As curator of the Center for Contemporary Culture Strozzina in Florence, Italy, Franziska Nori aims to reinvent the well-touristed city as a destination for contemporary art. At the Strozzina, Nori presents theme-based exhibitions often connected to political issues. “Declining Democracy,” her current show [on view through Jan. 22], features works by 12 international artists, including Thomas Hirschhorn and Francis Alÿs.
Less well known is psychiatrist-turned-performance artist Cesare Pietroiusti, who directs Scuola Quadri, a series of “political education” workshops on the paradoxes of European democracy, such as the widening gap between the political and working classes. Juan Echavarria contributes a video, Bocas de Ceniza, of Colombians singing songs they composed about their violent history.
Before arriving at the Strozzina, Nori headed the Department of Digital Art and Culture at the Museum for Applied Arts, Frankfurt, where she organized the first museum collection devoted to digital artifacts. The European Commission, the institution that implements EU policies and allocates EU funds, appointed her in 1998 to develop strategies for museums showcasing new media. Since arriving at the Strozzina in 2007, she has curated several shows that have engaged the public in original ways. “Emotional Systems” (2007), for example, featured work created with the conscious intention of affecting people’s emotions–one installation involved a live performer, positioned in a cage, who was shown various video clips while a machine measured her emotional response via brain waves. Another Strozzina show, “As Soon as Possible: Acceleration in Contemporary Society” (2010), interrogated the fast pace of our modern lives. “Declining Democracy,” with works that employ the Internet and social media, furthers Nori’s exploration of art as a process involving both creator and consumer.
SHEELA RAMAN Why is now the time for “Declining Democracy?”
FRANZISKA NORI We are currently facing a crisis of systems. All of our political systems are undergoing serious inquiries, which have even led to revolutions in Egypt and Libya. Our economic and political problems are closely linked and right now the very definition of democracy is at stake. “Declining Democracy” has a double meaning: “declining” as in waning, and “declining” as in analyzing.
RAMAN Is there a line that you use to distinguish art and activism?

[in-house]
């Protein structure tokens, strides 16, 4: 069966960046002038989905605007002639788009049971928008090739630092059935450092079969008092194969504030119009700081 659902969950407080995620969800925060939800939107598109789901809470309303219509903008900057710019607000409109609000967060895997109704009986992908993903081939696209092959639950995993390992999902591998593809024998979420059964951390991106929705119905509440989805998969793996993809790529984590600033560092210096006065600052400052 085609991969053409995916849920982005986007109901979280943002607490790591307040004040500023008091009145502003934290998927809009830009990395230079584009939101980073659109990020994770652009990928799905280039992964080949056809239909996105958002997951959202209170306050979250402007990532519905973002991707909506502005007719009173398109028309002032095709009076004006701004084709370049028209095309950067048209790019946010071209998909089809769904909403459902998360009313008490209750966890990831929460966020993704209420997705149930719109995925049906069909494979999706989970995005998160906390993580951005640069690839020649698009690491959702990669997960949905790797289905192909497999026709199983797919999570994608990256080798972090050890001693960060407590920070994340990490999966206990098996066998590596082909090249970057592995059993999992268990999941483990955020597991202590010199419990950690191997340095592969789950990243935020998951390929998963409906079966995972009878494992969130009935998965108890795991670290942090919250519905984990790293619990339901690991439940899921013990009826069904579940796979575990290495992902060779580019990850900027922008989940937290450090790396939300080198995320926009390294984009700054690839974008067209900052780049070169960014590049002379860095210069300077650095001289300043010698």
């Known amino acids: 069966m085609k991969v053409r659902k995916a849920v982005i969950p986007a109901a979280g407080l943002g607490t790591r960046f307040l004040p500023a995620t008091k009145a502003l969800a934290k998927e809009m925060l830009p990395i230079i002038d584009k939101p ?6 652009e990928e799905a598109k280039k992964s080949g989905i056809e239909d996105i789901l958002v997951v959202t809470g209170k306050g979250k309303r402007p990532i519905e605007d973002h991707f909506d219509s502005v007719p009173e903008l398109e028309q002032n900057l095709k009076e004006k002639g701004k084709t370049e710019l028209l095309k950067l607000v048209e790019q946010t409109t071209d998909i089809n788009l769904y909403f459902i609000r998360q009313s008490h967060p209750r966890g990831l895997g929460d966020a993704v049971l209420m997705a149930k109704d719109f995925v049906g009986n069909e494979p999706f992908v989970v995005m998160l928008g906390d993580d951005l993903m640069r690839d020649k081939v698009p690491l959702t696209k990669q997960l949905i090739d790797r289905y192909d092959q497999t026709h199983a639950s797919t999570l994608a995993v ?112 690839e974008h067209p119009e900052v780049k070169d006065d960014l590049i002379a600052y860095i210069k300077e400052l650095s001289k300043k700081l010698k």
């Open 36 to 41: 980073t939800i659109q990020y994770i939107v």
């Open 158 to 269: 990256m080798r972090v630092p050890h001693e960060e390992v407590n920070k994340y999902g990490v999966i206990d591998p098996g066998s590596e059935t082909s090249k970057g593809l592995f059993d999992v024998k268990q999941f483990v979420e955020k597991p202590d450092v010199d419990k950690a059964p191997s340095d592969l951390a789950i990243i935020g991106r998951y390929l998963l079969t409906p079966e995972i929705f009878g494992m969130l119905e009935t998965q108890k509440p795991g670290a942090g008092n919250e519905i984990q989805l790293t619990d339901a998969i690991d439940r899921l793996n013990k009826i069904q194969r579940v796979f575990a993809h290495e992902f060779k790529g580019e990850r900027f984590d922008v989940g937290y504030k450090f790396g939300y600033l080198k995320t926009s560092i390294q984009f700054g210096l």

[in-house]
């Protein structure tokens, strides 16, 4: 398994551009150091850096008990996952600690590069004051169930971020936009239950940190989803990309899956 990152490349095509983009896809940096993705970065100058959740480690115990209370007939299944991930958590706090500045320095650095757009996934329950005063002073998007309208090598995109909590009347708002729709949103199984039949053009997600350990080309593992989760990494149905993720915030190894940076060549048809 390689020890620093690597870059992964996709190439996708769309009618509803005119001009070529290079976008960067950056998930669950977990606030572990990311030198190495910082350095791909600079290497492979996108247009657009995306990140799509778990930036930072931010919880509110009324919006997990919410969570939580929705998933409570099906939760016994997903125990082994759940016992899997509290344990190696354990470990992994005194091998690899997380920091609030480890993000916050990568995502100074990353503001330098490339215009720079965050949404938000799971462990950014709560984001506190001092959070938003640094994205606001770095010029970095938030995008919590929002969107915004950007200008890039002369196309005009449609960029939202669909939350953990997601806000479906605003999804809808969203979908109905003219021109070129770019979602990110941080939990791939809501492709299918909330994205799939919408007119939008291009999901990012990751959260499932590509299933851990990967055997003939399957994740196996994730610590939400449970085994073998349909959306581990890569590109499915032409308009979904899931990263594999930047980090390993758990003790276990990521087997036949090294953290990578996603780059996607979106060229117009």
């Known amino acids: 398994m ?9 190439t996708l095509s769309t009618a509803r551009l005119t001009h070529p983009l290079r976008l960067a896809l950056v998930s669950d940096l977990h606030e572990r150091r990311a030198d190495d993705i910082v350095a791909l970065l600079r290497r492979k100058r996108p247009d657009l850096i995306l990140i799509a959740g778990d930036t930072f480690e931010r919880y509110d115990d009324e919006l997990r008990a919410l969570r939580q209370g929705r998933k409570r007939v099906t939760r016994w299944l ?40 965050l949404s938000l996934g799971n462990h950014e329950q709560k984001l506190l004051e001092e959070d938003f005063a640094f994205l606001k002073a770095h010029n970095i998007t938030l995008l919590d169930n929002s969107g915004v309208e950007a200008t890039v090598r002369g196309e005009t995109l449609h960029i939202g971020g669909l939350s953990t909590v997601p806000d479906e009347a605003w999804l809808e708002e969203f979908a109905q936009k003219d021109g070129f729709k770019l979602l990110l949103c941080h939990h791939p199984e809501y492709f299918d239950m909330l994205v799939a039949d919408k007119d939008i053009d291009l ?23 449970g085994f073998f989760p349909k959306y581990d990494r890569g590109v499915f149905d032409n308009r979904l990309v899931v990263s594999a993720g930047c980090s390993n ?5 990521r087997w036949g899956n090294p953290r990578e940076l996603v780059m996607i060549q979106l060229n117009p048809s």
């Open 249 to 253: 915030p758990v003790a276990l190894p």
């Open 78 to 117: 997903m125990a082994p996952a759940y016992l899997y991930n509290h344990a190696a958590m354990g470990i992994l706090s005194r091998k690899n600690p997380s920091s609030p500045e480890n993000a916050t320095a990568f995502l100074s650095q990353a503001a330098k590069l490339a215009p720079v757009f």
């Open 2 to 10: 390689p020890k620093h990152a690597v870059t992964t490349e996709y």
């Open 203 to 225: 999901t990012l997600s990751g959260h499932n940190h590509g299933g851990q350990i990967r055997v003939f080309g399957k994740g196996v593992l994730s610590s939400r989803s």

NORI It is important to be open when looking at politically engaged work. It’s not about boundaries, but the intentions and statements of the artist. Thomas Hirschhorn’s Where do I Stand? What do I Want? (2008) features eight of his personal notebooks filled with photographs, writings and collage, which illustrate the political and aesthetic influences behind his work. His artist statement itself becomes a work of art, bared to the public, and we are invited to engage with it. This is just one example of the closing distance between the artist and the viewer, and the diminishing of authorship in art. Contemporary culture, with the multitude of voices present on the Internet, also reflects this lack of authorship, as does democracy. This phenomenon seems in some way to relate to my curatorial approach. To reflect critically upon today’s world requires an enormous amount of expert knowledge, a need which I feel can be best faced with team intelligence. For this reason, I often hire a group of scholars and experts to share the decision-making for a show.
RAMAN Other works in the exhibition provide an even stronger sense of participation. The installation from the Italian artist collective Buuuuuuuuu asks us to commit a prescribed act (a smile, a gesture) and takes a photo of us while doing so. This gets uploaded onto the collective website, so we become a permanent feature of the work itself. What do you hope to accomplish by having the viewer so involved?
NORI The exhibition represents democracy, and participation is inherent in a functioning democracy. Participation is now an increasing part of our reality. We are surrounded by media that allow us to constantly participate—for example, even by “liking” something on Facebook. To today’s public it makes less and less sense to come to exhibitions where they are supposed to observe in silence the perspective of an institution or a curator. The format of a 21st century exhibition must live up to the format of our 21st century lives. We need to give people broad access to knowledge so that they can form their own opinions out of individual experiences.
RAMAN Does participation correspond with optimism?
NORI Yes, and it has been great to see that come through. Digital media have given everyone a voice, both artistic and political, and we must take the opportunity to converse with these voices. Some of the works in the show wink at our current obsession with participation, but the overwhelming response we have seen to these sorts of pieces can be mainly seen as positive: that the public has a real thirst for communication and relevant experience.